If you’re self-employed, you are unlikely to write up a trip report. If you’re working for someone else and they send you somewhere on business travel, you might find yourself completing such a report. The basic point of a trip report is to summarize what you did with your time so that your employer can determine that they are getting value from that trip.
If you are sent on business travel, your obvious purpose at your destination is to advance the goals of the business. Often, a company will have a standardized form for you to fill out upon returning from your trip. It will include specific data, such as where you went, how long, how many customers/people you talked to, etc.
If you’re on a marketing trip–say, by staffing the company’s booth at a convention–the narrative part of your report will include a summary of what types of contacts you made, what you talked about, what sort of “intel” (intelligence) you gathered from or about your customers, and what potential value those contacts could bring to the company. If you make an actual sale, even better!
Side note: If it seems odd that a technical writer would be sent to staff a convention booth, I should explain that I did this both at Department of Defense and NASA. In the DoD world, such travel was one of my duties as part of the business development (a.k.a., BD or marketing) team. At NASA, I was part of Education and Outreach, which again meant going to events and talking with the public about NASA programs. So if you’re nervous about talking to people and you’re applying for a BD job, you might want to ask if conventioneering is part of the job duties…it might fall under “other duties as assigned.”
Other business travel can be proposal-related. In that case, your report will most likely state whether or not the proposal was submitted on time, what/who worked well, who or what did not, and maybe suggestions for the future.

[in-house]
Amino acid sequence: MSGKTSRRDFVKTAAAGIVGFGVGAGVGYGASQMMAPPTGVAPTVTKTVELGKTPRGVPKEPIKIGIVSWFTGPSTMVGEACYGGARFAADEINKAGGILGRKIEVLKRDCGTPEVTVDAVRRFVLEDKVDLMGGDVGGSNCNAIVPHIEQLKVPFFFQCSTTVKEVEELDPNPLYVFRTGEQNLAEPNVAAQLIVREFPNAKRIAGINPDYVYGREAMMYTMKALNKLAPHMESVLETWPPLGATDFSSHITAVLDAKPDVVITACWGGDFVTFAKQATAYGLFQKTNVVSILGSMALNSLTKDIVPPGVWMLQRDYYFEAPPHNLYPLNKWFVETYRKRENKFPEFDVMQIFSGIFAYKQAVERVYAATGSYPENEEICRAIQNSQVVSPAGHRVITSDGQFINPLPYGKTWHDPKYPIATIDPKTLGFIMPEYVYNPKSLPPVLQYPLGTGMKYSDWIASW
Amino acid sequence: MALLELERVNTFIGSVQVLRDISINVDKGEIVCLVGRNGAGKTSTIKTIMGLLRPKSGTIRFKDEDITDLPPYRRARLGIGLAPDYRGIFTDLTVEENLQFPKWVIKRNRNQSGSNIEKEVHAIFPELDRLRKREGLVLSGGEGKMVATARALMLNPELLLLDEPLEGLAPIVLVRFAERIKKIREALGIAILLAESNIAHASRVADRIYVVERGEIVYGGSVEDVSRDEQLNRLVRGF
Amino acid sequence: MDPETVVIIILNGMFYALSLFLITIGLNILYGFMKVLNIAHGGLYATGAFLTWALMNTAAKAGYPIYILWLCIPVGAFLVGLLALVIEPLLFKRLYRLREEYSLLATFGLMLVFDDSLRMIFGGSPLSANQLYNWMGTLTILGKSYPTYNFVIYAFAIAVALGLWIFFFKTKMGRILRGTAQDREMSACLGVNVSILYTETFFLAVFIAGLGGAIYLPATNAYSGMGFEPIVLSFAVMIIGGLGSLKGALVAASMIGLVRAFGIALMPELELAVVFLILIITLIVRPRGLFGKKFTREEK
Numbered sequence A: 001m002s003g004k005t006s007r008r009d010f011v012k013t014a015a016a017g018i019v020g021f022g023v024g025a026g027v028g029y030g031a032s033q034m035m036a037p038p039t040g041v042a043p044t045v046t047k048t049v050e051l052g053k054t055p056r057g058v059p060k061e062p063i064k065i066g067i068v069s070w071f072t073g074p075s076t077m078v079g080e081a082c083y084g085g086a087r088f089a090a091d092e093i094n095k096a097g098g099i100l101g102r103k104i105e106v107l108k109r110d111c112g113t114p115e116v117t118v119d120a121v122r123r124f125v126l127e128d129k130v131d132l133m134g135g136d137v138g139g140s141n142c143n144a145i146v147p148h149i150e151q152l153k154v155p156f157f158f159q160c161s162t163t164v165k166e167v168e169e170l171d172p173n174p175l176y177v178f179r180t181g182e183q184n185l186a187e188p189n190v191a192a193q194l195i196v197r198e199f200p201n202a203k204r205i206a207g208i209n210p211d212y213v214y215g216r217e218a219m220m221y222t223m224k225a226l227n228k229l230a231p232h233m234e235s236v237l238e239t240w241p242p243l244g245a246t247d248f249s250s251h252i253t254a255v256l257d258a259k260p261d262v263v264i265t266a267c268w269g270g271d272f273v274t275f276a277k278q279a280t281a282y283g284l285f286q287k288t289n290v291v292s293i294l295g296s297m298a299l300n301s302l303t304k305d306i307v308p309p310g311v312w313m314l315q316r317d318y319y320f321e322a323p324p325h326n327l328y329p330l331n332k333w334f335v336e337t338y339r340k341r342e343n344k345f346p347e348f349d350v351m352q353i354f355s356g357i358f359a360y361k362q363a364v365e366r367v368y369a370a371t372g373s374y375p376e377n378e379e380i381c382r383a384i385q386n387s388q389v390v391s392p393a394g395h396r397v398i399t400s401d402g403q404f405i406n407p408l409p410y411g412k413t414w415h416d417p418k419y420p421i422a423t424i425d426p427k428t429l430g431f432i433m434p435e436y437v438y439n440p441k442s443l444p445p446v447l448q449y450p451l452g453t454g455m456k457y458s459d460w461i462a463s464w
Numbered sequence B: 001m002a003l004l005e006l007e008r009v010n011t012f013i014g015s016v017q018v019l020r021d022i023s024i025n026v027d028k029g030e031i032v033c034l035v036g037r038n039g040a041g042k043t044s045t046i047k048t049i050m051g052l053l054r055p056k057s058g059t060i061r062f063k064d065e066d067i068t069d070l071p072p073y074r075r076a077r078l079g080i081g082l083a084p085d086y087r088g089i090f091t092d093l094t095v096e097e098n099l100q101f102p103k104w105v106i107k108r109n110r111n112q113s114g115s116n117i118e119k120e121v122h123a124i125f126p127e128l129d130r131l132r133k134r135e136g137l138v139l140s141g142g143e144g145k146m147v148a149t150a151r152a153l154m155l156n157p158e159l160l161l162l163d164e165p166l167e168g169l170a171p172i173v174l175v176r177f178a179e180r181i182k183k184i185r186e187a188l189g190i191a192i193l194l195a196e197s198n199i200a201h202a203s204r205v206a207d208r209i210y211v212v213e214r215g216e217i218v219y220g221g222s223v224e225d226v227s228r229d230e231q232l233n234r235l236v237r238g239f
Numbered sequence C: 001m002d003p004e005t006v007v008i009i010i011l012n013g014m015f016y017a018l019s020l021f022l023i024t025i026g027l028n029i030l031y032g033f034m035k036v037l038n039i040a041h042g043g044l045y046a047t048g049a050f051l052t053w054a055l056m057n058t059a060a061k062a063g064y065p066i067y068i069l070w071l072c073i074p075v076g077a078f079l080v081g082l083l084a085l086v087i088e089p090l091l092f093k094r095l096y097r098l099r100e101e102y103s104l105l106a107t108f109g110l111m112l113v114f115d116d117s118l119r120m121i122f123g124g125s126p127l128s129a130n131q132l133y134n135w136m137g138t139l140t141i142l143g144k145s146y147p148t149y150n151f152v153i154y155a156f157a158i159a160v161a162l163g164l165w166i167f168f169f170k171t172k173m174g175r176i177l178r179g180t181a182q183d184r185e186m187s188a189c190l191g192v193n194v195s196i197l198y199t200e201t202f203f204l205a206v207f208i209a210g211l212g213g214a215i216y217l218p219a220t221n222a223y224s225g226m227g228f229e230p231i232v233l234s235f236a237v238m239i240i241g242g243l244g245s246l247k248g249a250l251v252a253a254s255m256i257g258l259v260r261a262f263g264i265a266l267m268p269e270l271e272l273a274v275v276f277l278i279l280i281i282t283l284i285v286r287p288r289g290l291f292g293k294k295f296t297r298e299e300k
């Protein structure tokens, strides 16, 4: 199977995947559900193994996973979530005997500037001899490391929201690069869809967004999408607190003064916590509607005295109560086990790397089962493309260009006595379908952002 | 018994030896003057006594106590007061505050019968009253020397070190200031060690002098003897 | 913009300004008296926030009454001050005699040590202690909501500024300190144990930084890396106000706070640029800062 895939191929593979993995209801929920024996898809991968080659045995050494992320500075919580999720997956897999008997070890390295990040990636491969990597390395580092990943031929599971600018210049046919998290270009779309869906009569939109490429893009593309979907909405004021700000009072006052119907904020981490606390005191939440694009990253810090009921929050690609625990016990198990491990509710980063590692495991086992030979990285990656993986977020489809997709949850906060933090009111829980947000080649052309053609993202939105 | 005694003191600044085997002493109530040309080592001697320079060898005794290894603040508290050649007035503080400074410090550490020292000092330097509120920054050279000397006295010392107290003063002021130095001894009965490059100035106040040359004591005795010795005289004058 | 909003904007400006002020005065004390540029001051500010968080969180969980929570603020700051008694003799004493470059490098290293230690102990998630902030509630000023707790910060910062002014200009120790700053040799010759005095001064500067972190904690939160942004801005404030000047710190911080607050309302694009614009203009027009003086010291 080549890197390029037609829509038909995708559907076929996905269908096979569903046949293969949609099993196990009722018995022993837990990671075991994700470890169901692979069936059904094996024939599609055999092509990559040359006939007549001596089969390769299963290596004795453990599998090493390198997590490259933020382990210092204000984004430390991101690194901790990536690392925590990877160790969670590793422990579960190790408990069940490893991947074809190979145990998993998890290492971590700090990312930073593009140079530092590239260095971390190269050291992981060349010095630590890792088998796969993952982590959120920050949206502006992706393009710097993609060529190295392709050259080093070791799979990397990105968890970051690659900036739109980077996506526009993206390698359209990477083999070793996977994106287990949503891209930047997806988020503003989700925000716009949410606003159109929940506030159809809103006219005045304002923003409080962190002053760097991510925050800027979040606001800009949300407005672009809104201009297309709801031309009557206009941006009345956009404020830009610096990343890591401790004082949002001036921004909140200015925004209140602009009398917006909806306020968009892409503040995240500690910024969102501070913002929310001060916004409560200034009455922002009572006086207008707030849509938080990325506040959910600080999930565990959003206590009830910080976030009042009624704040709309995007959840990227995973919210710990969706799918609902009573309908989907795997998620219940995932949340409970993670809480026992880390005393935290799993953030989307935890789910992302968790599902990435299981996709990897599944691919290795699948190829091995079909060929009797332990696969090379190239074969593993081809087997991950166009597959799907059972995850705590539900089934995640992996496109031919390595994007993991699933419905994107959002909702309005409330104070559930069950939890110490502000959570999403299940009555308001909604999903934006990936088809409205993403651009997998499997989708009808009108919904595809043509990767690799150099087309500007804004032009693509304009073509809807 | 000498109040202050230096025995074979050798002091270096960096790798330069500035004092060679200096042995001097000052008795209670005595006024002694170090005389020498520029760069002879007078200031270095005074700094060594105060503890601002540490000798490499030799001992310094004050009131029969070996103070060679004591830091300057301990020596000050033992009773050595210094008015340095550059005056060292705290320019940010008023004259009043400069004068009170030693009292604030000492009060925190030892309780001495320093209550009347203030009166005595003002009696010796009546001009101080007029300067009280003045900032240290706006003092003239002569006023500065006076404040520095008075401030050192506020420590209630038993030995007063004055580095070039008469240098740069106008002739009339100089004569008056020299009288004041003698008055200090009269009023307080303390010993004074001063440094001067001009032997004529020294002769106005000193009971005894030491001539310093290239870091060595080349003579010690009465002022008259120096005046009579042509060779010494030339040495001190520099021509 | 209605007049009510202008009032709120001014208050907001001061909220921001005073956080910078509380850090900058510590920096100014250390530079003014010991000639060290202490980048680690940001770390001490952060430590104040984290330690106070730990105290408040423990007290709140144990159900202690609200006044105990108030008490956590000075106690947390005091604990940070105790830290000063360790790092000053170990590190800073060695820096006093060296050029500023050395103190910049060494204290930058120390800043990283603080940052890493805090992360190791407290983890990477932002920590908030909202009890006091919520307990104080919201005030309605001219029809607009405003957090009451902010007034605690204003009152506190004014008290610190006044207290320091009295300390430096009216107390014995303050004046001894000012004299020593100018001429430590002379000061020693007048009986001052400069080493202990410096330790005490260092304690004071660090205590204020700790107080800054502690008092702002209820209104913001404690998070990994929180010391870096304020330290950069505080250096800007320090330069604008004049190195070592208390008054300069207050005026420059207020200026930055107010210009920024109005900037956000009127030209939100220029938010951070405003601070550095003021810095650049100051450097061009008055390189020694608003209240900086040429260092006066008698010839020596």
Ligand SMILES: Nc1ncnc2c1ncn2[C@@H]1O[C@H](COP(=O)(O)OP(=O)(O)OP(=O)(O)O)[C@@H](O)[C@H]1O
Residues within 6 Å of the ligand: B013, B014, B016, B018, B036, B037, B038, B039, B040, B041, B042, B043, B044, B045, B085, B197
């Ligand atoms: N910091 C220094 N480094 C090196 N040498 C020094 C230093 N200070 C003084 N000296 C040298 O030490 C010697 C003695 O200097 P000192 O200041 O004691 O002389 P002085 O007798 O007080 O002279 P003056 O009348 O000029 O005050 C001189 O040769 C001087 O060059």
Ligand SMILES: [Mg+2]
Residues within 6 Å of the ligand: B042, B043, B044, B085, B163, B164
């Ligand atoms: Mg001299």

You also could be sent out to help write documentation or some other communication product. Again, your report should summarize the level of success you and your coworkers achieved.
Closing thoughts & a reality check
If you’re working for the corporate headquarters (a.k.a. “the mother ship”), you might find yourself on the receiving end of some negative attitudes from a field office. If the field office has gripes about how HQ is handling a specific business practice or function, you could find yourself the recipient of some unexpected complaints. Given that everyone sent on travel might have to write a travel report, you could also be treated as a “spy” and conversations could cease when you enter the room.
None of this is particularly nice or rational, but it is reality. The best things you can do while on travel are simply:
- Do your job well.
- Be polite/friendly with the people you encounter.
- Don’t be defensive about, nor try to encourage gripes about HQ or your department. If they have feedback about you in particular, by all means listen with the intention of improving yourself.
And while it’s not stated directly, you are allowed to have fun in your off time on these trips…just not too much fun.